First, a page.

Up to 1500 public servants in the Defence Department will face the sack under a long-awaited review into the nation’s Defence establishment, with the axe to begin falling within months.
Bosses at the department in Canberra have begun telling staff that the “First Principles Review” will require between 1000 and 1500 official to lose their jobs in the next 12 to 18 months.
The review will be handed to the government’s National Security Committee on March 24 for consideration, but Defence is preparing to begin implementing its 67 recommendations from August 1.
Elsewhere in the department, other teams were being warned the review, which has been distributed among senior management, would be “challenging for the organisation” and a “bracing read”.
The department declined to respond to questions from The Canberra Times on Wednesday.
The Defence establishment is also anxiously awaiting publication of two other reviews; The Force Structures Review, and the Defence White Paper which was due to have been delivered this month.
Civilian staff at the Defence HQ have been told the Force Structures Review will call for an increase in the 57,000-strong Australian Defence Force with and more civilian scientists and technicians recruited into the public service to support the expanded armed forces.
It is unclear how the cash-strapped Abbott government will reconcile the two conflicting pieces of advice.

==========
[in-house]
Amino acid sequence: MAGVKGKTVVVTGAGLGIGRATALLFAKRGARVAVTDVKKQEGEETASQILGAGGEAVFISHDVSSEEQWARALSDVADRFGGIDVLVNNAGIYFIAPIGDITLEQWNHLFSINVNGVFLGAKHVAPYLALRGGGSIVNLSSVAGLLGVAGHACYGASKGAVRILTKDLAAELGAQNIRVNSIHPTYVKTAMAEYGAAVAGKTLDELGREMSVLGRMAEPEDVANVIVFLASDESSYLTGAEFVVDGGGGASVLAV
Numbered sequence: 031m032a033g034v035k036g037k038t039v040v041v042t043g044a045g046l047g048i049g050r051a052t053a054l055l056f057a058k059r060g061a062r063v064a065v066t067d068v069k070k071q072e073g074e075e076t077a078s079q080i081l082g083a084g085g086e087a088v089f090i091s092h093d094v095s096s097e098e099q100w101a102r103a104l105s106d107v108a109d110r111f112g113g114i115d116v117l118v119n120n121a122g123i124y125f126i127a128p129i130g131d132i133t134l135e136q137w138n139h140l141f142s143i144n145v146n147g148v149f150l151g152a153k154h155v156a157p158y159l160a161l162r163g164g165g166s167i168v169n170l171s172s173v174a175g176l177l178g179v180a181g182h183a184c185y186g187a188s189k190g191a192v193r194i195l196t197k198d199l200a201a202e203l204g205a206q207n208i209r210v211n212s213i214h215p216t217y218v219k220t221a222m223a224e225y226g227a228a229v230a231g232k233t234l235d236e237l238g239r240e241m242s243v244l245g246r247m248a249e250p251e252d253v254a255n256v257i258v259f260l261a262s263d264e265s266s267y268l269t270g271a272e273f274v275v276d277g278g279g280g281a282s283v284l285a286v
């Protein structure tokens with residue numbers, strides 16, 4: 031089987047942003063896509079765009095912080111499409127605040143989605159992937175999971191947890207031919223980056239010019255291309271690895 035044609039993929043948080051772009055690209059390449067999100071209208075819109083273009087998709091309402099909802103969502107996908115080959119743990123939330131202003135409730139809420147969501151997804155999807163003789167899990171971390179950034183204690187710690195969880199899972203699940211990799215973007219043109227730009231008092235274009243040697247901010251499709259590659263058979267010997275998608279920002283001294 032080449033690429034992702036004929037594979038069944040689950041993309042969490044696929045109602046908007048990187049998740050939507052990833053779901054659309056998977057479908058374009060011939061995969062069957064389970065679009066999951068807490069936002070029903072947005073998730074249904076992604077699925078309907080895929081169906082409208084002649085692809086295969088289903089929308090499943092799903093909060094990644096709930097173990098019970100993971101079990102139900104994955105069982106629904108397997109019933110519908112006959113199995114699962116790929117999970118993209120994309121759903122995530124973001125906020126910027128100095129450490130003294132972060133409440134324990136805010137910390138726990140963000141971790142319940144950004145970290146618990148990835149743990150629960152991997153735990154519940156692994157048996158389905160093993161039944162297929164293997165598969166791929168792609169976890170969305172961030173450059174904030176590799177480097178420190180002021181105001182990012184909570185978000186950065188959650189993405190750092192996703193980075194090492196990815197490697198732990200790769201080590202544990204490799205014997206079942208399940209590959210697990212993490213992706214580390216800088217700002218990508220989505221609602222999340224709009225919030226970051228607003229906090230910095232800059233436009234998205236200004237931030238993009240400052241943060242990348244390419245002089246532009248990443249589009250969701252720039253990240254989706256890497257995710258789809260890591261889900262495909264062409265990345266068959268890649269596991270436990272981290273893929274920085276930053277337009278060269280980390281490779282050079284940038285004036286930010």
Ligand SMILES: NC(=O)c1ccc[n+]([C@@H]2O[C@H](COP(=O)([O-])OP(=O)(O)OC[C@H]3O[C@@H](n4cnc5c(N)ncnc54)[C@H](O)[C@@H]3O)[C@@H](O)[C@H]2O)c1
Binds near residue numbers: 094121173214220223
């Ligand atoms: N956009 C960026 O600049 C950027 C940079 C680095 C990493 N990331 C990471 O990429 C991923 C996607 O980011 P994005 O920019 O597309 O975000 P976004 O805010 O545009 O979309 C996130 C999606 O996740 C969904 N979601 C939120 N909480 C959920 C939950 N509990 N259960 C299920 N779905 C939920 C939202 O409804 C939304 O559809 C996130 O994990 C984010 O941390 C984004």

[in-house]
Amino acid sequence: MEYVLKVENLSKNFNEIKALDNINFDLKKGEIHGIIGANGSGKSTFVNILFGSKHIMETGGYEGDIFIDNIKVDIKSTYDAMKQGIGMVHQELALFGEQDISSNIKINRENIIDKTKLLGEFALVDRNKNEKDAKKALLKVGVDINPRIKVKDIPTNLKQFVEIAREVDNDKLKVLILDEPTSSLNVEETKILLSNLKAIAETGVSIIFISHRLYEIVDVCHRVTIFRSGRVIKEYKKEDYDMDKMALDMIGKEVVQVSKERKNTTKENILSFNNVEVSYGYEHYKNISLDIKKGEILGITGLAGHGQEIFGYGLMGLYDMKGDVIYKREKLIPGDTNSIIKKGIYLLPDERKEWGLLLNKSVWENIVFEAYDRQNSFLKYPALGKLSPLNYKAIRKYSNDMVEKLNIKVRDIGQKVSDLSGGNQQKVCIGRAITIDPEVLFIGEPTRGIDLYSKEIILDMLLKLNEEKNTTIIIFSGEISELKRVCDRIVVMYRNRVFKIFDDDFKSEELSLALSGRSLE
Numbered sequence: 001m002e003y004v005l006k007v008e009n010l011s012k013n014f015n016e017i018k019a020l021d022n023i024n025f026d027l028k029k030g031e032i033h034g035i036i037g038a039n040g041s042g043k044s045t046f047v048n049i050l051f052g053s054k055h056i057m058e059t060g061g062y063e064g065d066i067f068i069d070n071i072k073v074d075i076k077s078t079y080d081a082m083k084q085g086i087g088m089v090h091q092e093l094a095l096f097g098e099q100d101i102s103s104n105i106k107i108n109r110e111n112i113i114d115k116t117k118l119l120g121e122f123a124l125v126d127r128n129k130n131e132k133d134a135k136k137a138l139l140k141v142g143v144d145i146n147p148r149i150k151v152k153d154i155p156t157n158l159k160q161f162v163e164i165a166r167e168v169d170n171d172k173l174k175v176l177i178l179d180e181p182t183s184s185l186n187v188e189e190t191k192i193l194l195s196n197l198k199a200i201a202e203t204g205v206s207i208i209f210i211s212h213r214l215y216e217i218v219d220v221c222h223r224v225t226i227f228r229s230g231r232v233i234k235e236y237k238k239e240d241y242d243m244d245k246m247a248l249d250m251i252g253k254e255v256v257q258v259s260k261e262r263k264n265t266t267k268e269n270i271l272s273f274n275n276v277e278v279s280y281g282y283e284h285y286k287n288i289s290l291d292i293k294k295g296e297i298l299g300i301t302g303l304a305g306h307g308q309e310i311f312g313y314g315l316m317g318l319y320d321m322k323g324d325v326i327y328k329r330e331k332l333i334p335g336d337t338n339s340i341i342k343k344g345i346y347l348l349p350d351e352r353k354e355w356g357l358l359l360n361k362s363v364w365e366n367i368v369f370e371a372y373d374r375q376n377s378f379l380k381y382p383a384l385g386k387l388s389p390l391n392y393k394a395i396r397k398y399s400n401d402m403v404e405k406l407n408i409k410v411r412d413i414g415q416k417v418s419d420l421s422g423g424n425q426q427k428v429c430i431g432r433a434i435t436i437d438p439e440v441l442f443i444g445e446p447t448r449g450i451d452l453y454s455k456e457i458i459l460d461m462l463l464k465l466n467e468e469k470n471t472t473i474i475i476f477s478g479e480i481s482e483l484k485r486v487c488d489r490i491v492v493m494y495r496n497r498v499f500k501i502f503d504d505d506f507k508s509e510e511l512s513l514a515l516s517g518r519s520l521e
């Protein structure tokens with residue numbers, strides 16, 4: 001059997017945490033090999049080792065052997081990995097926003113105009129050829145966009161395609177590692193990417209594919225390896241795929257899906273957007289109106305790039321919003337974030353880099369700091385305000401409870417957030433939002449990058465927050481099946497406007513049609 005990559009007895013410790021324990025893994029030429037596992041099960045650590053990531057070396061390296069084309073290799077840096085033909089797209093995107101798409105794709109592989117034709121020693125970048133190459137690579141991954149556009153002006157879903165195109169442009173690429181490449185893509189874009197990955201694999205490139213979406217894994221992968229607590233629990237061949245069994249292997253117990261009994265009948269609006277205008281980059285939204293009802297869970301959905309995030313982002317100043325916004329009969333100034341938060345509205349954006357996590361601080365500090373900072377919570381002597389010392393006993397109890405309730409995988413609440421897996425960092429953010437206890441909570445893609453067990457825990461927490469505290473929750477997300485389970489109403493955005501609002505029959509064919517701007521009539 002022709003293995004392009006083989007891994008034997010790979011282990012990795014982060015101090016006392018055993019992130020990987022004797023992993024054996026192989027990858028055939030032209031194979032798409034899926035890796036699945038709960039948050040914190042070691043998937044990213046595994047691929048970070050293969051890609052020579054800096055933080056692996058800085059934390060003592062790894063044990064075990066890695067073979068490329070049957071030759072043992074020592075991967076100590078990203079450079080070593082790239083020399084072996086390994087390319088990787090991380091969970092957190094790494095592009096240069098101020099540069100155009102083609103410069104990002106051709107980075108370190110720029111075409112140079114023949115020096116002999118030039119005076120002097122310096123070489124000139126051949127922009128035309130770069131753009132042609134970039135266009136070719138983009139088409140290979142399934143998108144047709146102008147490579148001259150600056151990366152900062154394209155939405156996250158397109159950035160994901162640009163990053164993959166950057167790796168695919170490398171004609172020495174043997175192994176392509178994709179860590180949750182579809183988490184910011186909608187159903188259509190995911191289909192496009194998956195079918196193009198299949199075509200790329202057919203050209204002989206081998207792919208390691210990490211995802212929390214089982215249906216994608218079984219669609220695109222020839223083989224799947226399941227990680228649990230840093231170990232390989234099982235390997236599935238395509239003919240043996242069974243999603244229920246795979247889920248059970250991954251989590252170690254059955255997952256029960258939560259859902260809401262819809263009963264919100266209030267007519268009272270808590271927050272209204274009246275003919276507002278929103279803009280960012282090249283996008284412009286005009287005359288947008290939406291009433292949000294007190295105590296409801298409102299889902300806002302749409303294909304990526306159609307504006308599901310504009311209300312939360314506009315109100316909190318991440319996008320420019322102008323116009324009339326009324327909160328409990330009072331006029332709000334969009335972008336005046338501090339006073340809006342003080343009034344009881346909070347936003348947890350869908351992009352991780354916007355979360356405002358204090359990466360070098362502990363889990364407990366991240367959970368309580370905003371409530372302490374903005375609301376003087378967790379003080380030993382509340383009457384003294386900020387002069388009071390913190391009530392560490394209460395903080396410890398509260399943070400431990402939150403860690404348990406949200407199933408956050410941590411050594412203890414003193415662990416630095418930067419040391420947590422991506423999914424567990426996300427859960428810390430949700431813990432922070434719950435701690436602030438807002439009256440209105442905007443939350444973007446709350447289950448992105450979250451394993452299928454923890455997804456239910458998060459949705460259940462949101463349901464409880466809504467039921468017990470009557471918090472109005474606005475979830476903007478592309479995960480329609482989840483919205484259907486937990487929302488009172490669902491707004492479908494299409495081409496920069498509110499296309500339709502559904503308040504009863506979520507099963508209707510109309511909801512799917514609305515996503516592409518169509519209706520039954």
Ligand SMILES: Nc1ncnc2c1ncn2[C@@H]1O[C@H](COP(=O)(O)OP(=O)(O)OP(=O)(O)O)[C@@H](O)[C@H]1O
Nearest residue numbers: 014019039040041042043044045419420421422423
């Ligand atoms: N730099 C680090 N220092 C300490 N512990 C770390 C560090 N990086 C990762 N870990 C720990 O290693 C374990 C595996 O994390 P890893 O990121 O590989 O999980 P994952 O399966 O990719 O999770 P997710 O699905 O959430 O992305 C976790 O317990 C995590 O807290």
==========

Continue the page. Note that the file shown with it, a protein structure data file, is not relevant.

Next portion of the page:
The new cuts to Defence Department staff numbers will come after a significant reduction, of 3000 full-time equivalent employees through natural attrition and redundancies, since 2012 and the cuts set out in the last budget.
Defence’s full-time public service workforce now stands at about 19,300.
Departmental Secretary Dennis Richardson told The Canberra Times last week that First Principles would bring staffing cuts in its wake but was coy on the exact numbers.
Technical union Professionals Australia, which has been warning that the bleeding of skilled engineers and scientists from Defence has reached crisis point, said more job cuts would leave the nation’s capabilities even more exposed.
“On Monday the secretary said in relation to skills and expertise challenges that Defence is like a Dalmation,” union official Dave Smith said.
“It’s more like swiss cheese.
“There is a thin grey line of engineering and science expertise across the agency.
“We are exposed in too many areas.
“Dennis Richardson knows this and (Defence Minister) Kevin Andrews should know this.”
“Successive cuts to this workforce have created dangerous capacity gaps that risk both national security and operational safety.
Mr Smith pointed to a workforce audit of the Defence Materiel Organisation that he says found many vital jobs sitting empty.
“The 2014 DMO engineering workforce audit identified that the current vacancy rate places further strain on critical positions and may pose a risk to Defence operations,” he said.
“We have warned the agency about these safety risks and their responsibility under work health safety legislation.
The union called on Defence’s political bosses to put a stop to the job cuts.
“Proposing further cuts to the Australian Public Service workforce is irresponsible,” Mr Smith said.
“Minister Andrews needs to step in and step up.
“David Johnston wasn’t up to it.
“You can’t be serious about national security and defence capability if you not only don’t fix critical skills gaps but make them considerably worse.”